The sound of the engine revving up when you first turn it on is familiar to any homeowner who mows their grass. The choke is critical to getting the engine started and going forward when cutting the lawn.
Automatic chokes are standard on some engines, while manual chokes are not. Combustion engines feature a device for regulating how much gas is mixed with how much air in the carburetor.
How Does A Choke Work On A Lawn Mower?
On smaller engines, like the ones found in lawn mowers, you’ll frequently find a choke lever. They either permit or limit the flow of air into a carburetor in order to get a high density of fuel to air, which ignites at a high temperature and kickstarts the engine. Some types of motors don’t have a choke; rather, they have a primer bulb that can effectively improve the air-to-fuel ratio by introducing additional fuel into the combustion chamber.
The choke valve, also known as the throttle, on a lawnmower gets its name from the function it performs. The valve “chokes off” or “throttles” the flow of air into the combustion chamber of the engine’s carburetor, which enables the fuel to rapidly heat up and allows the engine to start.
When the metal is cold, the engine has a harder time burning fuel, but when it heats up, it becomes much more efficient at doing so. A cold start refers to the process of starting an engine when the metal is still cold.
Should The Choke Be Open Or Closed When Starting Lawn Mower?
During the starting process, the choke lever is moved to its closed position to limit the amount of air that enters the combustion chamber. The use of a choke and a spark plug provides a solution to the problem that arises while trying to get the fuel and the engine up to operating temperatures. The spark plug is what ignites the gasoline, and because there is not a lot of air, the gasoline burns at a faster rate, which in turn quickly heats up the engine.
Running “rich” refers to a situation in which the ratio of air to fuel in the engine is high. Because there is less air in the combustion chamber, a fuel combination that is rich in carbon tends to burn more quickly. This helps to maintain a high rate of combustion. The consistent delivery of power to the mower is ensured by maintaining a high temperature in the combustion chamber, which is maintained by warm air.
Is It Bad To Run A Lawn Mower With The Choke On?
As soon as the cold engine has been warmed up for a few seconds, the choke does not need to be engaged anymore. If you leave it on, the fuel will continue to burn rich, which will result in the use of more gasoline in a shorter amount of time and could cause the engine to overheat.
Because of this, controlling the amount of air that goes into combustion engines is critical. When there is just the correct quantity of air in the mixture, it will heat up as the fuel burns, which will keep the engine warm as it continues to take in air.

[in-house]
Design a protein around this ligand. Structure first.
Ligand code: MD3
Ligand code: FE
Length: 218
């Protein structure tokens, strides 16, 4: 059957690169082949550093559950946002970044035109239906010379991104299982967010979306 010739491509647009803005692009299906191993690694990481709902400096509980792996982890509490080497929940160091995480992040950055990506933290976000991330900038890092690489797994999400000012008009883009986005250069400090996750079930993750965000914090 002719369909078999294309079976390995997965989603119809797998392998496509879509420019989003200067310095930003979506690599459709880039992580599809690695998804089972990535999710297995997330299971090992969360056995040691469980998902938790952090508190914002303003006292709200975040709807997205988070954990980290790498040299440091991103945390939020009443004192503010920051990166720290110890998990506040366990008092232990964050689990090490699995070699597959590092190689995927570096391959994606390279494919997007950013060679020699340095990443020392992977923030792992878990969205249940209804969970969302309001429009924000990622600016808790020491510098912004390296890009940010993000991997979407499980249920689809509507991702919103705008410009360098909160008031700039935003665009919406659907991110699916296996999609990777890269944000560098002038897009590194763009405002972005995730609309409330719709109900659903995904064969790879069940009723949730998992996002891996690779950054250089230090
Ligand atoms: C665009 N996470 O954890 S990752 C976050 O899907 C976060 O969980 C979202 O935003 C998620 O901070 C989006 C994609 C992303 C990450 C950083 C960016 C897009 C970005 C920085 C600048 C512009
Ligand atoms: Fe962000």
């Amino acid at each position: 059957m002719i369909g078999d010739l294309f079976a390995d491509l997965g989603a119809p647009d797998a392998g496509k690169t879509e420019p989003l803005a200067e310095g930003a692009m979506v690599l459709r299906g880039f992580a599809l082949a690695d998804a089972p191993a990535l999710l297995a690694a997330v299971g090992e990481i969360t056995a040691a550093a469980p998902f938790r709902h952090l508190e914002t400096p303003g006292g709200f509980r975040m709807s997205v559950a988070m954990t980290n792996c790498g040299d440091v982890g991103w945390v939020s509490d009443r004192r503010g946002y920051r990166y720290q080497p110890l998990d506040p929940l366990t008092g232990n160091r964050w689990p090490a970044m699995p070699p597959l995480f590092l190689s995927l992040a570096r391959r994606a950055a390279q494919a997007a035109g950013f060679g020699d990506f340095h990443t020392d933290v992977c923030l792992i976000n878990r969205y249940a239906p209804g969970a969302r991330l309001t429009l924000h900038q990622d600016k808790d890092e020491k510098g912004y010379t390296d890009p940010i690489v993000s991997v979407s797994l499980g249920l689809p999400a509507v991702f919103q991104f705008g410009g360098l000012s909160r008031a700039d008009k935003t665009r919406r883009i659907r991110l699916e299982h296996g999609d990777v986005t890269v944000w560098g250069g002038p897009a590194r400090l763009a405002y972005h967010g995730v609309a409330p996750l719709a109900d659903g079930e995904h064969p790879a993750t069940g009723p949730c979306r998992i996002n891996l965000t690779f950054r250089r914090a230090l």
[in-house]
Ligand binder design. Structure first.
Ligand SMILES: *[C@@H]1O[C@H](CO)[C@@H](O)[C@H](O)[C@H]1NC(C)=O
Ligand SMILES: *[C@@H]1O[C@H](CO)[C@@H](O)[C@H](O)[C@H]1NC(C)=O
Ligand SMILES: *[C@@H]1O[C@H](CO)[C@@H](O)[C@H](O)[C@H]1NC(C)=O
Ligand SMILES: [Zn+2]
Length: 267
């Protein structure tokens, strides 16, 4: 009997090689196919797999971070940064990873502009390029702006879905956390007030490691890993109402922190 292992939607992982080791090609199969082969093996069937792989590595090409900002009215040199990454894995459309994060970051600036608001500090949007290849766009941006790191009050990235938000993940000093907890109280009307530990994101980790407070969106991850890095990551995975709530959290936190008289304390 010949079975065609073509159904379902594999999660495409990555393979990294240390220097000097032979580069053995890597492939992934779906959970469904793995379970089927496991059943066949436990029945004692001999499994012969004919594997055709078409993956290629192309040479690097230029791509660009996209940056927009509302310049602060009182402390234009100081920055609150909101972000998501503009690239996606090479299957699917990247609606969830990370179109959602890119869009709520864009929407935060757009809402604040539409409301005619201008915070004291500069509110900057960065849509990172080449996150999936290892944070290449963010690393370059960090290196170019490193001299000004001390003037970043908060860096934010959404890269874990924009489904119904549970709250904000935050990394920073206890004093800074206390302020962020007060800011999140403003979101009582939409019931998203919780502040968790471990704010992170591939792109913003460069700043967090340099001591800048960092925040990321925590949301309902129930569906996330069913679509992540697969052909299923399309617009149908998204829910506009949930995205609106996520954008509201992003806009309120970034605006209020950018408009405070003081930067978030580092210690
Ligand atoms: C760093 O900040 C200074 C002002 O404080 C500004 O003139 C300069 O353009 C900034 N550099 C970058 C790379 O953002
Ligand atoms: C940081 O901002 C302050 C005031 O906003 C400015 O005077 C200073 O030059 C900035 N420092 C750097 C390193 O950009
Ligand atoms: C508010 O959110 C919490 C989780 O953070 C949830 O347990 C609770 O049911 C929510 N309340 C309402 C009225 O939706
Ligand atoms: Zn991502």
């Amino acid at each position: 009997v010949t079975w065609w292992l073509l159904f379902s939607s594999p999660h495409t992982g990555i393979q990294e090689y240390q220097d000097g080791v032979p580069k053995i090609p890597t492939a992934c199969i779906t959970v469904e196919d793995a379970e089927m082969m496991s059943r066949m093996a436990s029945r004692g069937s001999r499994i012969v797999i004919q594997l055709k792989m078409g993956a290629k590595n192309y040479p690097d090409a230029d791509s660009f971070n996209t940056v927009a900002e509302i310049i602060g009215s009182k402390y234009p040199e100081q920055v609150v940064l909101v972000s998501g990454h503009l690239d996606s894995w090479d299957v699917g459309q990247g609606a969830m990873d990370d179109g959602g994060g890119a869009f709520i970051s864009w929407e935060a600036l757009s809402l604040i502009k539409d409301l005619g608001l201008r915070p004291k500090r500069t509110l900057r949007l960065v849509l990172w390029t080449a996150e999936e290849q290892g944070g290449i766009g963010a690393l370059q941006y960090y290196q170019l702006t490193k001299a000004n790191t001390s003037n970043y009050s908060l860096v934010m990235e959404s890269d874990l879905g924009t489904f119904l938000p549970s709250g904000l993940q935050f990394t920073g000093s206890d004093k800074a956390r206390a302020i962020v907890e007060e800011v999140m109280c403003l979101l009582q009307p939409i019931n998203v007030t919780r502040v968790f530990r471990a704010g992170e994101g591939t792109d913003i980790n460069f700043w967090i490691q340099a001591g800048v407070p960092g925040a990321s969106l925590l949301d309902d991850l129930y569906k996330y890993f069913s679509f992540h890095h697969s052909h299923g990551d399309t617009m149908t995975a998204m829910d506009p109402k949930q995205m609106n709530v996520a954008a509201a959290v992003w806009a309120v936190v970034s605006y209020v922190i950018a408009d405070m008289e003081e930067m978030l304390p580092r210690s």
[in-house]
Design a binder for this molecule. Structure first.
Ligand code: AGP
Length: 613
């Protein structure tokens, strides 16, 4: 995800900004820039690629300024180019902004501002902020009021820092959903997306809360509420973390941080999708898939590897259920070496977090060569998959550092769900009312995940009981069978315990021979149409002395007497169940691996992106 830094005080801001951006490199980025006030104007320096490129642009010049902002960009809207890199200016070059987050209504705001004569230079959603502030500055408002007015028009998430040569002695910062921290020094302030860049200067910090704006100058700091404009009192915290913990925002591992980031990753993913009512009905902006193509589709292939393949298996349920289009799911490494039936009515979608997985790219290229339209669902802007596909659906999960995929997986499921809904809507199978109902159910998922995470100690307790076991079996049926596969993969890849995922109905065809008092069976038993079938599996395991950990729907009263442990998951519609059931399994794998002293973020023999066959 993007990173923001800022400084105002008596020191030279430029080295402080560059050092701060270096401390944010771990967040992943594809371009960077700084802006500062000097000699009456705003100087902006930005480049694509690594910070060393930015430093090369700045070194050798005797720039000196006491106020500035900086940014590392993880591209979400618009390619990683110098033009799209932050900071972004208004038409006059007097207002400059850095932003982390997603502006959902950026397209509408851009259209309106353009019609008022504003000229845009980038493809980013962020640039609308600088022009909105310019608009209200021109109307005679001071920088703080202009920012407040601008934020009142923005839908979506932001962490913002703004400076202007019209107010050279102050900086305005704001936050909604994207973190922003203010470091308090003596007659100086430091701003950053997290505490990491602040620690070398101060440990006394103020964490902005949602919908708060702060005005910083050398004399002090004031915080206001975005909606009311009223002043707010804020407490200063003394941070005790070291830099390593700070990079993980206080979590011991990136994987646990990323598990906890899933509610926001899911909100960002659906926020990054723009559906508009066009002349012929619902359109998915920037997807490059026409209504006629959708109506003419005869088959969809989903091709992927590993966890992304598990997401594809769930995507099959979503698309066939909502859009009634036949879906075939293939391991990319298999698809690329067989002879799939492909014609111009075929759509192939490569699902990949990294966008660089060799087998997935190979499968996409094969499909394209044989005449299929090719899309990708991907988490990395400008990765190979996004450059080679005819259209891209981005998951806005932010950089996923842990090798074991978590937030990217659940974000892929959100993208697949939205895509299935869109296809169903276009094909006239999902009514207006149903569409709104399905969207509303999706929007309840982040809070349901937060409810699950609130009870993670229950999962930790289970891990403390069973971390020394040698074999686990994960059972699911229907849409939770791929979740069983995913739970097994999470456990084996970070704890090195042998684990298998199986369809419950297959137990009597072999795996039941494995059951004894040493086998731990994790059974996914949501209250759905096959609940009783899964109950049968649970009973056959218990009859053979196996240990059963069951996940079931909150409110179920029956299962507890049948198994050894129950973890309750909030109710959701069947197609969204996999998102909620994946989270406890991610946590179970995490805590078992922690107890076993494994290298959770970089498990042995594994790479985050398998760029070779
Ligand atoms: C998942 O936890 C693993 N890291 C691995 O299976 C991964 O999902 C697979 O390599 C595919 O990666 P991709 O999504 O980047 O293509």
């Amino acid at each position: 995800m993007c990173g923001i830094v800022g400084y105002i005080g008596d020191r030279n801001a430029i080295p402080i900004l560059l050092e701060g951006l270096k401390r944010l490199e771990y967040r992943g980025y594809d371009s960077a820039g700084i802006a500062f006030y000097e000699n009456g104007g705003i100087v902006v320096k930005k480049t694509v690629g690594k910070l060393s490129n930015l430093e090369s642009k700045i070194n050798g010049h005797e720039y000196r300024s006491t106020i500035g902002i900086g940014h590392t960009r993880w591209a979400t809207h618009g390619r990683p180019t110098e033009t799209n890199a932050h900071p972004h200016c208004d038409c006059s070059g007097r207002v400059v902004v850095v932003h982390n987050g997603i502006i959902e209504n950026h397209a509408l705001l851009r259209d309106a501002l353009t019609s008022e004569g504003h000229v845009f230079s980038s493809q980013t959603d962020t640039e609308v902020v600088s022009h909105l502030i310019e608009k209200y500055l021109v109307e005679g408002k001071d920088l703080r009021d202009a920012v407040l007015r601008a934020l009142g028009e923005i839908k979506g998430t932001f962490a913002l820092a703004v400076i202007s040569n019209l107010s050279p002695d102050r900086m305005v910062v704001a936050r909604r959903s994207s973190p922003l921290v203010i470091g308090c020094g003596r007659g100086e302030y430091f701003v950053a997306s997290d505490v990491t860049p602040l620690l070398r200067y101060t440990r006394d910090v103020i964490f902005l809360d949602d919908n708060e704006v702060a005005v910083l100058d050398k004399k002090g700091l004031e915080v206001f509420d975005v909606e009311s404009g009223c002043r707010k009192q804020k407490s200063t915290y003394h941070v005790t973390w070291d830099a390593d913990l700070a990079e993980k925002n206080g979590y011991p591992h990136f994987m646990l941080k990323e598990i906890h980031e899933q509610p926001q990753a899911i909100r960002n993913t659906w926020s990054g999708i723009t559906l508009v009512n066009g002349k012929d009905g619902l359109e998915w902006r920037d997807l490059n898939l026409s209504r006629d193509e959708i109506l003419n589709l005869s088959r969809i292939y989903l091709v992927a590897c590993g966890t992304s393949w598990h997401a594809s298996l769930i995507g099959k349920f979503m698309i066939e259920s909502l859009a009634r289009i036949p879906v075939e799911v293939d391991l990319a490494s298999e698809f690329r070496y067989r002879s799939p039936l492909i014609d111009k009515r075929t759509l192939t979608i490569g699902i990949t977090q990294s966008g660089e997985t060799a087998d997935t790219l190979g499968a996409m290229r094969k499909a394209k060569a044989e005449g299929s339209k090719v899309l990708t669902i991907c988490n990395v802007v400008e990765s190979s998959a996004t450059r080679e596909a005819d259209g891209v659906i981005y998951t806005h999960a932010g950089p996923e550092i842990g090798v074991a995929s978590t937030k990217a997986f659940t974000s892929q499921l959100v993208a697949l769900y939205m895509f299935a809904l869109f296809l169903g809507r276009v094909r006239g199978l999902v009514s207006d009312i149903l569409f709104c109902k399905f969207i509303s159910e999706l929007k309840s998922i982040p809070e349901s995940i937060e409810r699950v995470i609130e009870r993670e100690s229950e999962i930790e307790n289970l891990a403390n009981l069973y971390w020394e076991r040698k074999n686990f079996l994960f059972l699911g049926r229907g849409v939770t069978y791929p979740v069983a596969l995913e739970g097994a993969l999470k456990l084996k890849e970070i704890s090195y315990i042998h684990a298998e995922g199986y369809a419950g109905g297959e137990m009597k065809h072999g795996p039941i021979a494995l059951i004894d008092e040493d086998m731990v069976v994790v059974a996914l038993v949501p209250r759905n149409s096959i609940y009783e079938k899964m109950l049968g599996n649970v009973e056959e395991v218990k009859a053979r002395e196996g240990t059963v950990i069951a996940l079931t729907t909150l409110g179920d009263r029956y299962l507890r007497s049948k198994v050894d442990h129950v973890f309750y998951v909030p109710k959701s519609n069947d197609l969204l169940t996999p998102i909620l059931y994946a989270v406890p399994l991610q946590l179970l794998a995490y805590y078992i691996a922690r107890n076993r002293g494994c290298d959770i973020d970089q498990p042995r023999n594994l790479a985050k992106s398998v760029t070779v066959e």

When there is an excessive amount of air in the mixture, it can cool down too quickly, which can result in the engine sputtering, stalling, or turning off altogether due to a lack of energy. This high air to fuel ratio is referred to as a “lean” mixture, and as long as it is maintained in the appropriate proportions, it will be efficient and ensure that the engine continues to operate smoothly.
When the engine is operating regularly, the choke will either be off or open since adequate air intake is necessary for good engine health and fuel economy.
Is My Choke Manual Or Automatic?
Some versions of lawnmowers come equipped with a manual choke, which consists of a handle, lever, or button connected to the spring tension on the valve and used to open or close it. Other models come equipped with an automatic choke that responds to changes in temperature, is activated when the engine is started, and can open and close itself as required.
Common engine manufacturers such as Honda and Briggs and Stratton, whose engines can be found in high-end mowers made by Craftsman and Husqvarna, are among those who are progressively adding automatic chokes to the engines they produce.
Users who prefer to have fine-grained control over their mower’s settings continue to favor mowers with manual chokes since they allow for the most precise adjustments.
What Control Symbol Indicates The Choke?
The symbol for the choke varies by manufacturer, but there are a few that are widely used:
- One type looks like a propeller in between two lines, representing what the choke looks like in the carburetor. When it’s tilted, it’s in the closed position, and when vertical, it’s open to allow airflow.
- Another common symbol is the rabbit and turtle pair, where the rabbit means open or high energy, and the turtle indicates a slow, steady fuel.
- Some models of mower don’t have a symbol but rather have choke controls that are labeled “open/close,” “on/off,” or” push/pull.” In any case, your mower’s choke symbol is clarified in your model’s manual.
Where Is The Choke On My Mower?
If your mower has a manual choke, you can find it by following the cable that runs from the trigger to the engine. This will lead you to the choke. The choke can be found in the same place as a manual choke, which is close to the air intake and next to the carburetor, if your vehicle is equipped with an automatic choke.
With a little practice, you’ll find that lawn mower choke valves are really handy and easy to use. It may appear difficult, yet it all comes down to a simple lever or button.
To avoid flooding and burning from your lawn mower, be sure to follow the steps outlined above. When you really need your lawnmower, the last thing you want is for it to break down.
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